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It’s been an interesting year in music: Latin urban music wars, an emo-turned-Latin pop star, evolution of an R&B crooner, a hip-hop Renaissance, the continuation of the “outernational” movement, and Kiwis wooing the ladies. One of the most diverse Top 10 list—a little something hopefully most can enjoy. I certainly have…

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Los de Atras Vienen Conmigo, Calle 13 (Sony International)

Calle 13 have the gusto and fortitude to give the world of Latin urban music a shot in the arm, mixing electic beats with cheeky Spanglish lyrics, and dismissing their competition (particularly reggeaton acts) as tourists in their genre.

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MTV Unplugged, Julieta Venegas (Sony International)

An accidental pop-rock star after toiling as an emo rocker in the ’90s, Venegas has spent this decade playing the joyful, universally appealing norteño music of her native Mexico.

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Mediocre, Ximena Sariñana (Warner Music Latina)

The Latina Norah Jones? Perhaps not, but Sariñana made a name for herself at the Latin Alternative Music Conference in New York last summer with the über-catchy pop guitar-tinged “Vidas Parallelas”—-her jazz scat singing may yet spreading the genre to the Latin world.

4. [media id=”162″ width=”350″ height=”50″] Tha Carter III, Lil Wayne (Cash Money)

“Next time you mention Pac, Biggie or Jay-Z/Don’t forget Weezy baby,” Lil Wayne raps “Mr. Carter.” Mission accomplished.

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Evolver, John Legend (G.O.O.D. Music)

Legend got his start singing about love and how it falters, and his evolution continues on this album, adding themes about pursuing an elusive girl, giving up his playboy ways, and finding his one true love, though he’ll probably be best remembered for his Obama-inspired call-to action anthem, “If You’re Out There.”

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Sonidos Gold, Grupo Fantasma (Aire Sol)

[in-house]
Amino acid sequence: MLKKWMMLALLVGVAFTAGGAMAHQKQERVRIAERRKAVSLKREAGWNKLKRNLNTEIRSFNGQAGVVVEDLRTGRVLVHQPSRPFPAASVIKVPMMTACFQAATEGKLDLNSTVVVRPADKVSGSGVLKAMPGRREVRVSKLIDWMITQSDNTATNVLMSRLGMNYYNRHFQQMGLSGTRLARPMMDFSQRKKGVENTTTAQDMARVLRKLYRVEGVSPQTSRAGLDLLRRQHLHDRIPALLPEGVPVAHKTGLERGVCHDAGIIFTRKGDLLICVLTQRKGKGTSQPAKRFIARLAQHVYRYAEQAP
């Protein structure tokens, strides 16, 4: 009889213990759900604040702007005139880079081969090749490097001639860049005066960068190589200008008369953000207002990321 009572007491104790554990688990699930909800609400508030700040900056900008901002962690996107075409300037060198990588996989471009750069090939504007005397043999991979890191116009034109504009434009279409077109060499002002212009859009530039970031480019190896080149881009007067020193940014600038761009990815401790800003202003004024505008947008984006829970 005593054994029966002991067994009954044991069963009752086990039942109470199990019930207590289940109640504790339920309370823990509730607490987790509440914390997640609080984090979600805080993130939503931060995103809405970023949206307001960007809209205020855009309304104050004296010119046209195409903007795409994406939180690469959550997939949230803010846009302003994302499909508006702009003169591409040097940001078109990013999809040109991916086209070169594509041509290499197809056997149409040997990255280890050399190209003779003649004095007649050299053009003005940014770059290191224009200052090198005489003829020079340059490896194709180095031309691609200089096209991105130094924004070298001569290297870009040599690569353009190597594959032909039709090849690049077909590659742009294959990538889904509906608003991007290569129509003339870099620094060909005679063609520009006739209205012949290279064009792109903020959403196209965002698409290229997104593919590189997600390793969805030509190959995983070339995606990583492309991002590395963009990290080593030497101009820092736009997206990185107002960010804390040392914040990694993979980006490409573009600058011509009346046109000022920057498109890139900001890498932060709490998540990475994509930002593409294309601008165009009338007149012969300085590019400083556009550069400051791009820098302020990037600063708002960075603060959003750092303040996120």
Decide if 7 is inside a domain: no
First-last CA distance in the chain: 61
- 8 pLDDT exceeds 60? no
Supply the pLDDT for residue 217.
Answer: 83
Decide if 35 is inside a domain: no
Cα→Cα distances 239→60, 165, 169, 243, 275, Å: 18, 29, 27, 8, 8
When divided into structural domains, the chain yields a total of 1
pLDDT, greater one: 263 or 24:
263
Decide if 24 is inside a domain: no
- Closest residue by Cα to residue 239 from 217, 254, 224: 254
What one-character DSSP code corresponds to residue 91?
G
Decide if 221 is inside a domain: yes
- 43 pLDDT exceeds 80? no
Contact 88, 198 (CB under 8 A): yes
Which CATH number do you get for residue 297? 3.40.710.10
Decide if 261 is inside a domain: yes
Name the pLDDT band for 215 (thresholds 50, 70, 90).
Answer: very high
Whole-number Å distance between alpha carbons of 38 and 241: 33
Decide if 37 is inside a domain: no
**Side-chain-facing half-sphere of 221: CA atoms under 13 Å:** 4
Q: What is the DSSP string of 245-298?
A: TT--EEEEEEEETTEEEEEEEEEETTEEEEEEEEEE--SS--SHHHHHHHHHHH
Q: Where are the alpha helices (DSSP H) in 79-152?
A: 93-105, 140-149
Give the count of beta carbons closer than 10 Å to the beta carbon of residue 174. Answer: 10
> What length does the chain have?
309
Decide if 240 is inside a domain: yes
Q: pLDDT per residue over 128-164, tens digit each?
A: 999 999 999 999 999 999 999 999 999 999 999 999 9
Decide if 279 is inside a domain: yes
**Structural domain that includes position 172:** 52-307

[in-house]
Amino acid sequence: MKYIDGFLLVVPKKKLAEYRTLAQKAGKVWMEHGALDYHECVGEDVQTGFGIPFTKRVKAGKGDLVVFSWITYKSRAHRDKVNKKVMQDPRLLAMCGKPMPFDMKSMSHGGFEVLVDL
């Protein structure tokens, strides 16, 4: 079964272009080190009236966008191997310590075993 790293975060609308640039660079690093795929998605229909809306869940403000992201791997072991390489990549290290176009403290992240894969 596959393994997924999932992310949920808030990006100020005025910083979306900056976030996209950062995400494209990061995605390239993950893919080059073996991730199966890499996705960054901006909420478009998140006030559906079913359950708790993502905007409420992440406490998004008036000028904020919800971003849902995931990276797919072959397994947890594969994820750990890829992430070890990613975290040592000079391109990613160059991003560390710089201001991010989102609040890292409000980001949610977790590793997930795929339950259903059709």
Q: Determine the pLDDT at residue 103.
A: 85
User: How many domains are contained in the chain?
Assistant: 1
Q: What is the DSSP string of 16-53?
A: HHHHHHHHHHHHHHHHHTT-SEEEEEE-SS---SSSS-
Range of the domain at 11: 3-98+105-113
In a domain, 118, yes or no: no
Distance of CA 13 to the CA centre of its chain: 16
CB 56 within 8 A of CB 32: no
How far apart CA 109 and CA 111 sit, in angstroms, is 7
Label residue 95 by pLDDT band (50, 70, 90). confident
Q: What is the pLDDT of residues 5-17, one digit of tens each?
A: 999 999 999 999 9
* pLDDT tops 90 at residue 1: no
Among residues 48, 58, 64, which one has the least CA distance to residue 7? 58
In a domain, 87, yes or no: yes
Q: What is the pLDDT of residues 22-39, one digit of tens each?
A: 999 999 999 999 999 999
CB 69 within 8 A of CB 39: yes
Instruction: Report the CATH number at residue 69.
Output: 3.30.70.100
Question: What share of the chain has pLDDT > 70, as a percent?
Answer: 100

This lively orchestra fuses old-school rhythms like cumbia, funk, and salsa with psychedelia, making for an danceable and fresh take on traditional Latin genres.

7. [media id=”165″ width=”350″ height=”50″] The Renaissance, Q-Tip (Universal Motown)

It’s taken him nine years to release a follow up to his debut solo CD, but the former A Tribe Called Quest frontman made it worth the wait, going back to his roots of using cerebral rhymes and classic samples fused with live instrumentation.

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Río, Aterciopelados (Nacional)
This veteran Colombian group does well with catchy, upbeat sounds on its latest album, growing increasingly adept at connecting a host of Latin American musics and electronica with serious themes.

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Radio Retaliation, Thievery Corporation (ESL Music)

The “outernational” movement­ a term coined by Jamaican rastas for an appreciation and empathy for all people­has kept Thievery Corporation going strong for the past dozen years, sampling from all sorts of music, both new and decades old. On their latest, the D.C. duo smartly sticks with groovy beats, but with an expanding arsenal of global rhythms.

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Flight of the Conchords, Flight of the Conchords (Sub Pop)

Formerly New Zealand’s fourth-most-popular guitar-based digi-bongo-a cappella-rap-funk-comedy folk duo, the Conchords had to leave their homeland since this bizarre genre was apparently too competitive back home. That benefits the American fans who get to hear these parodic songs of wooing the ladies, with lines like “You’re so beautiful, like a tree or a high-class prostitute.”